Crafting hypnotic geometric patterns while capturing the essence of light and shadow in interiors, Raazia Chandoo’s solo exhibition titled “Within Walls” mesmerized the audience displayed here Thursday evening.
While studying geometric patterning, she came across the technique ‘The Flower of Life’, a six- petal flower formed by seven interconnecting circles. The pattern was relatively uncomplicated and provided a lyrical structure which allowed room for exploration of space and color.
Amalgamating acrylic, water colours, pen on paper, fine liners and ballpoints, Chandoo’s work is neat, chic and a visual treat that engrosses the viewer from a distance. The character in her work comprise intricate repetitive geometric patterns of Islamic art mostly rectangles and triangles, straight and diagonal that give a busy look but the use of subtle hues relaxes the eyes.
Using a disc template to create the perfect blend of pattern, Chandoo aesthetically creates her piece with overlapping circles that smoothly eclipses over various sizes and degrees. With her complex interplay of light and pattern, the division of space on paper exercises the eye to look deeper at the same time see the work from a distance to witness the whole. The basis of all forms of this sacred geometry is seen in three dimensional form in the process of cell division.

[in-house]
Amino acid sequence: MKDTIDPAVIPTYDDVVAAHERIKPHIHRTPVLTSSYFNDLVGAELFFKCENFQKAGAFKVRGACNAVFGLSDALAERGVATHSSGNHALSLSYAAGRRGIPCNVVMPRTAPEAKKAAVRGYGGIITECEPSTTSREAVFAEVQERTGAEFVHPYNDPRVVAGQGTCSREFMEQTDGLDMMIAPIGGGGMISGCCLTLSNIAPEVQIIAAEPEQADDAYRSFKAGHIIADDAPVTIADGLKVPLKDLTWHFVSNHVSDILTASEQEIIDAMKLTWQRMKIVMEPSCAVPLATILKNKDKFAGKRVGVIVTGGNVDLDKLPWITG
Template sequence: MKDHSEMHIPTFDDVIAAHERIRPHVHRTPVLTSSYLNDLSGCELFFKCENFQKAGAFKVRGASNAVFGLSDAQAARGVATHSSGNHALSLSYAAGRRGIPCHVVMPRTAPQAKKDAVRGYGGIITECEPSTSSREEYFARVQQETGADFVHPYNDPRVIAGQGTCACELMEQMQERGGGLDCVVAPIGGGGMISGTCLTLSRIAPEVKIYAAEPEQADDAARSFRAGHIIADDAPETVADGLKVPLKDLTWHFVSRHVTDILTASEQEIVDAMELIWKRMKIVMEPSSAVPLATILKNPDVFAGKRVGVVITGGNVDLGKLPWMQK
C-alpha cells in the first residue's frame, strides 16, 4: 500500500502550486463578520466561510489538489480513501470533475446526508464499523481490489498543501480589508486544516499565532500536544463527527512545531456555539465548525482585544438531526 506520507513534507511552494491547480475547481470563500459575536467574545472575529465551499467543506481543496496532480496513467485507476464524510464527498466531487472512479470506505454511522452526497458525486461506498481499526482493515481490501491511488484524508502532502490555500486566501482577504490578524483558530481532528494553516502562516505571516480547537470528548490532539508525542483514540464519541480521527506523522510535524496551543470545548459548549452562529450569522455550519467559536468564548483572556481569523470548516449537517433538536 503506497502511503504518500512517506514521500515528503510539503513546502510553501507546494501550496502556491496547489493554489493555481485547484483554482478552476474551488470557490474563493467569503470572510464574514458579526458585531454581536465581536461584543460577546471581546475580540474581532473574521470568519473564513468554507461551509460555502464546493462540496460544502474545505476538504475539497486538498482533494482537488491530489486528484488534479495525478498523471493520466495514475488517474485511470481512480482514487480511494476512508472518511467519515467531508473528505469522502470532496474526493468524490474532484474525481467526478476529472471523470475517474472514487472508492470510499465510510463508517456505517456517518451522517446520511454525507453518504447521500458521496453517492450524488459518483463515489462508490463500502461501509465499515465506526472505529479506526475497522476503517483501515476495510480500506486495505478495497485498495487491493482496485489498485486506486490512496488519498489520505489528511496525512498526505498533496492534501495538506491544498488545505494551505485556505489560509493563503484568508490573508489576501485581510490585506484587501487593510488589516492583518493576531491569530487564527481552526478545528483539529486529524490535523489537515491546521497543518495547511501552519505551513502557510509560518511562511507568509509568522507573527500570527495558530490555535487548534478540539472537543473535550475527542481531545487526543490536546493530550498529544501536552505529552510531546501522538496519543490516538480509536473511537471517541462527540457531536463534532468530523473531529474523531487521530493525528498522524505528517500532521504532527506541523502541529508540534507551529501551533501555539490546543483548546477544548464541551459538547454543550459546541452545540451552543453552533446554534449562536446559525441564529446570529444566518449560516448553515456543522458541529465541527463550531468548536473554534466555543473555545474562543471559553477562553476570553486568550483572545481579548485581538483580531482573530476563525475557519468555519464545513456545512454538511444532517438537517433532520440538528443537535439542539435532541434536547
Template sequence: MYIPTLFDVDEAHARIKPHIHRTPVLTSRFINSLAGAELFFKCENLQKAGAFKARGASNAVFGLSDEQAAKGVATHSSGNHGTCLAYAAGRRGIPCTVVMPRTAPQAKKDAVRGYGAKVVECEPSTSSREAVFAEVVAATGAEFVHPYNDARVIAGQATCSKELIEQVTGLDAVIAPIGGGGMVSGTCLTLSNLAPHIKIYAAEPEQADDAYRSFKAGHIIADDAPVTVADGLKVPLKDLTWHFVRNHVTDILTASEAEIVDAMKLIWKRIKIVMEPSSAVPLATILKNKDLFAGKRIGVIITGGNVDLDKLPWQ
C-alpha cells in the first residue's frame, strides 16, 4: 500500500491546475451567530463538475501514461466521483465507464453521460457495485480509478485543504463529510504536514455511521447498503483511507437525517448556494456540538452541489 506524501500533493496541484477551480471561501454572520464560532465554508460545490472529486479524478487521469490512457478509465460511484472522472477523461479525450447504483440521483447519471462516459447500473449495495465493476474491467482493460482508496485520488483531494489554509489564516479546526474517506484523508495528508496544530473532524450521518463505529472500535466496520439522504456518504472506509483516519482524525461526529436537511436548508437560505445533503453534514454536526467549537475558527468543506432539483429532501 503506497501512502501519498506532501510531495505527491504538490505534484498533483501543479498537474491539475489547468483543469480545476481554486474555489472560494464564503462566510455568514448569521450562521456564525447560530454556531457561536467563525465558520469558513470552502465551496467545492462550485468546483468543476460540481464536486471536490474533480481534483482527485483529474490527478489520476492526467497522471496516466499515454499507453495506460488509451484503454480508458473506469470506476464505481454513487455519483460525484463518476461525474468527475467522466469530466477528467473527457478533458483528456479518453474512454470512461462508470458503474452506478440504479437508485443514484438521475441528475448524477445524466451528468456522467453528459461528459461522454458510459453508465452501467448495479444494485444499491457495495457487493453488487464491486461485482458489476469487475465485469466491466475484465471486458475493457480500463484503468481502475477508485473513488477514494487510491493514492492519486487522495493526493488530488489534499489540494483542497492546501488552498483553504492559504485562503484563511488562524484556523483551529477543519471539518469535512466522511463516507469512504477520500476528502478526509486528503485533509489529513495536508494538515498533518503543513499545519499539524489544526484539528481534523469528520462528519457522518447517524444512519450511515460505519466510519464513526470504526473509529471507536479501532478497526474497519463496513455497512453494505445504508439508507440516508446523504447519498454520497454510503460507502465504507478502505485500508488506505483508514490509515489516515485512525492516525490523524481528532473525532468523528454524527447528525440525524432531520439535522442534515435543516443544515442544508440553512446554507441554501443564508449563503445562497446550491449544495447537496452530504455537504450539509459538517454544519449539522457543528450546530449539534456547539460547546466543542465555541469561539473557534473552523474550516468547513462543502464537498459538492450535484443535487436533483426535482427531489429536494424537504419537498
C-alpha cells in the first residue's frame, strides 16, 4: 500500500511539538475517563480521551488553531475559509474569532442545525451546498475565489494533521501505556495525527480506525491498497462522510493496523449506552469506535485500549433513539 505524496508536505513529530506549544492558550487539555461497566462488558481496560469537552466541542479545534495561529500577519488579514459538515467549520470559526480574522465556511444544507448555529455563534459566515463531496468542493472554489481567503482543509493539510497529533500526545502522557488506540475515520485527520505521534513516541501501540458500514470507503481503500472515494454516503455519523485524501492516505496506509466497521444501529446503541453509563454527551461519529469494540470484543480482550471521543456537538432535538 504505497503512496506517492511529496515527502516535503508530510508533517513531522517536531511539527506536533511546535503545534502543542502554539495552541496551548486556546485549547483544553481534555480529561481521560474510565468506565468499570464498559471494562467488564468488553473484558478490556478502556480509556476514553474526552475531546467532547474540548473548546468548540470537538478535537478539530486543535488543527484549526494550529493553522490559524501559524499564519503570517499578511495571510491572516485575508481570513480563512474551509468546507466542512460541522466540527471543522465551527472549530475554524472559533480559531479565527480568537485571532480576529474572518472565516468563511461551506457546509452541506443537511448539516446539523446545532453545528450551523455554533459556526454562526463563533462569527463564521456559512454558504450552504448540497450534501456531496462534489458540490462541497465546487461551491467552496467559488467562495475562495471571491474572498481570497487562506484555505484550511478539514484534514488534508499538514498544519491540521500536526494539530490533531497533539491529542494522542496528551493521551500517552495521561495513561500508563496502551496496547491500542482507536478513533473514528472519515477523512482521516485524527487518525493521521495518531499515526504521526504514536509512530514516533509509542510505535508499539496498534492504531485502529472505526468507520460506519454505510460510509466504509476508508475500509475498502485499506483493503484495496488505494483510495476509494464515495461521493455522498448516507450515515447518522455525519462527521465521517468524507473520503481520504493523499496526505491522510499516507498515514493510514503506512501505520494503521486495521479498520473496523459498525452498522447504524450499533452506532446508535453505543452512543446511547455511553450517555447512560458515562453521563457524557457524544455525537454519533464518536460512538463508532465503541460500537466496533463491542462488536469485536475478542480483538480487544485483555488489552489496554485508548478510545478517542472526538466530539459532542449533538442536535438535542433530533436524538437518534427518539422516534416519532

The pattern is embossed on what may seem like a structure that consists of windows and doors. Utilizing the space on paper, the mystical space strategically leads to other dimensions of the work naturally.
It was as recent as the year 2012 when she stumbled upon the realization that the pattern she had been working on had appeared and reappeared in ancient cultures globally in art, architecture and texts. The Fibonacci Spiral, based on a numerical sequence, has appeared in Nature in seashells, the center of the sunflower, in the structure of the solar system and Milky Way and so on, explained Chandoo.
The patterns created by repetitive geometric forms reflect the ever-expanding, interdependent connectedness between space, matter and time, Chandoo said.
The flower of life was a pattern that started with the seed of life. She said while everything seemed to be following the same routine, while getting deeper into the subject she discovered the link between art and science.
In her statement she explains the relation between science and art.
“Science, with its quest to unravel the mysteries of the universe and to find answers to the human condition, relies on the language of mathematics.” The Islamic geometric art is a visual expression of this language.
Using basic metalsmithing techniques- sheet, metal and wires to produce a series of necklaces, Chandoo also displayed two pieces of jewellery based on international folk culture and ancient Islamic art patterns in brass and silver.
“Chandoo’s work talks as a whole about depth, but at the same time precision, forethought and planning is reflected through the intricate detailing of angles that narrate different meanings,” said My Art World Chief Executive Officer Zainab Omar.
Chandoo, a New York based Pakistani artist showcased her collection from the year 2002 to 2014 for the first time in the capital. She had earlier exhibited her work in Karachi in 1999. She has also designed fashion hair accessories in the past that were exhibited in London and Karachi.
Published in The Express Tribune, March 1st, 2014.
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